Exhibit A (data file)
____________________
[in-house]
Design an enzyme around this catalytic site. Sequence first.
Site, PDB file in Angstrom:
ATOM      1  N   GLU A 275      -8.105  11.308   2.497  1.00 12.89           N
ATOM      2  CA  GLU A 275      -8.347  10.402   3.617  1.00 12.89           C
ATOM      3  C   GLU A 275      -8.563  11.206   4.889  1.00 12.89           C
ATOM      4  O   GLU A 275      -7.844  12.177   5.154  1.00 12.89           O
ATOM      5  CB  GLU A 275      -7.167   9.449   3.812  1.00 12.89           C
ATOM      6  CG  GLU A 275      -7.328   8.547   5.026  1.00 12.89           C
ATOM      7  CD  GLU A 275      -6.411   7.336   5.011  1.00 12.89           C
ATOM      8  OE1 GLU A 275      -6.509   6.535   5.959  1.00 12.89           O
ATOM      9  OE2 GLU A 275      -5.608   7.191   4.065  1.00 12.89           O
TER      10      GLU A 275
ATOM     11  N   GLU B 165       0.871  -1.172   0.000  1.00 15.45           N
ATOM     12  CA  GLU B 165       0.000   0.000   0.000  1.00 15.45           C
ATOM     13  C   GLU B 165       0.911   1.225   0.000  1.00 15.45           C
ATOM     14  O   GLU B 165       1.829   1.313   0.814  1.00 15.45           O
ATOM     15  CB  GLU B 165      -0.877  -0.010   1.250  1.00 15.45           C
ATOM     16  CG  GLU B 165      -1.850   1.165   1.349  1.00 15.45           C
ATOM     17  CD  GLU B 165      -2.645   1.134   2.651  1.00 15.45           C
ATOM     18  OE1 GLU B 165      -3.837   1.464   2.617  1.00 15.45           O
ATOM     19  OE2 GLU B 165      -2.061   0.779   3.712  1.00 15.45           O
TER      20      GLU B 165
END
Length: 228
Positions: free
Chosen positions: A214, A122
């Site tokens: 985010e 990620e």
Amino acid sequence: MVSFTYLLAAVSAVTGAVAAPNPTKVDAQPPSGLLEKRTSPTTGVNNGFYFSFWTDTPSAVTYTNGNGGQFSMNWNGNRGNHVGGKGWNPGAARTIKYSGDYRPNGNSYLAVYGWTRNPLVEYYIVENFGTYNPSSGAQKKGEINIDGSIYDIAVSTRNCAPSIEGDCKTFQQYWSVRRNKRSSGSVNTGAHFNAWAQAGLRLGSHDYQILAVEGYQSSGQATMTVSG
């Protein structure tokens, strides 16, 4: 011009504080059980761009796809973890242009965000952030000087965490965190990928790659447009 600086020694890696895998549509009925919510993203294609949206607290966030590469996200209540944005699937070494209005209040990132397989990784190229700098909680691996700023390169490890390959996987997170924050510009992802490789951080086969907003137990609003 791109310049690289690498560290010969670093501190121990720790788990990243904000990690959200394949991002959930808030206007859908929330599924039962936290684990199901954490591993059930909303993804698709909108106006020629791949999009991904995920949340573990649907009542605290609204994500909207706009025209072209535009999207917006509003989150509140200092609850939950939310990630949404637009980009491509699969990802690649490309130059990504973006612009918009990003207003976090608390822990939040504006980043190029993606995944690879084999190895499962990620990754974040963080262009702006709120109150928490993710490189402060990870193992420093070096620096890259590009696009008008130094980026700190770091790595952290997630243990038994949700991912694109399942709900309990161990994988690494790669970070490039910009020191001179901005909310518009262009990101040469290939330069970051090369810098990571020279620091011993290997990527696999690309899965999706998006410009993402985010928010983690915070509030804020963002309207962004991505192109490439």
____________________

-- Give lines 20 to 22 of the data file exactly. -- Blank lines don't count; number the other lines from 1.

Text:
ATOM     17  CD  GLU B 165      -2.645   1.134   2.651  1.00 15.45           C
ATOM     18  OE1 GLU B 165      -3.837   1.464   2.617  1.00 15.45           O
ATOM     19  OE2 GLU B 165      -2.061   0.779   3.712  1.00 15.45           O